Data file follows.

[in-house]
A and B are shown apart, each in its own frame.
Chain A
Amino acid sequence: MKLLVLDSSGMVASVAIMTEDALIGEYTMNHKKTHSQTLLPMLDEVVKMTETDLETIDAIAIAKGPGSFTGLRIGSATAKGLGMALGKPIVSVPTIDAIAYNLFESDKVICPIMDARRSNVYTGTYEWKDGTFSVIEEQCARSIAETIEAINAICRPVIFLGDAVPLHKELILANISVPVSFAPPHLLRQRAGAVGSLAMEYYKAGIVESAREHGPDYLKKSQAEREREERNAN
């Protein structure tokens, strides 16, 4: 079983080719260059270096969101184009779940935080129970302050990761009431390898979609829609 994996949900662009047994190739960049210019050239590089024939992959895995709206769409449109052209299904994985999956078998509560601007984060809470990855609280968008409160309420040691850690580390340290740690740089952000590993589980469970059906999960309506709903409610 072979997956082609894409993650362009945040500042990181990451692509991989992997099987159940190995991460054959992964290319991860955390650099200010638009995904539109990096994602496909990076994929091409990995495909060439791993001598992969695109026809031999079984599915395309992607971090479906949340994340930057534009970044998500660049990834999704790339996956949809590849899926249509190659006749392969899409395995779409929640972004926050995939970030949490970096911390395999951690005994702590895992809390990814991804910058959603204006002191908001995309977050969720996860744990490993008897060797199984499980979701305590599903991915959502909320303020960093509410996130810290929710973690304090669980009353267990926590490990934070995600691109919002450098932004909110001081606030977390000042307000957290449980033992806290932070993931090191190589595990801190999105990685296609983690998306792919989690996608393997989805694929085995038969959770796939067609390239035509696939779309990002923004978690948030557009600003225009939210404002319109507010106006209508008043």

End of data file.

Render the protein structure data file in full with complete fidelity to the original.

[in-house]
A and B are shown apart, each in its own frame.
Chain A
Amino acid sequence: MKLLVLDSSGMVASVAIMTEDALIGEYTMNHKKTHSQTLLPMLDEVVKMTETDLETIDAIAIAKGPGSFTGLRIGSATAKGLGMALGKPIVSVPTIDAIAYNLFESDKVICPIMDARRSNVYTGTYEWKDGTFSVIEEQCARSIAETIEAINAICRPVIFLGDAVPLHKELILANISVPVSFAPPHLLRQRAGAVGSLAMEYYKAGIVESAREHGPDYLKKSQAEREREERNAN
């Protein structure tokens, strides 16, 4: 079983080719260059270096969101184009779940935080129970302050990761009431390898979609829609 994996949900662009047994190739960049210019050239590089024939992959895995709206769409449109052209299904994985999956078998509560601007984060809470990855609280968008409160309420040691850690580390340290740690740089952000590993589980469970059906999960309506709903409610 072979997956082609894409993650362009945040500042990181990451692509991989992997099987159940190995991460054959992964290319991860955390650099200010638009995904539109990096994602496909990076994929091409990995495909060439791993001598992969695109026809031999079984599915395309992607971090479906949340994340930057534009970044998500660049990834999704790339996956949809590849899926249509190659006749392969899409395995779409929640972004926050995939970030949490970096911390395999951690005994702590895992809390990814991804910058959603204006002191908001995309977050969720996860744990490993008897060797199984499980979701305590599903991915959502909320303020960093509410996130810290929710973690304090669980009353267990926590490990934070995600691109919002450098932004909110001081606030977390000042307000957290449980033992806290932070993931090191190589595990801190999105990685296609983690998306792919989690996608393997989805694929085995038969959770796939067609390239035509696939779309990002923004978690948030557009600003225009939210404002319109507010106006209508008043």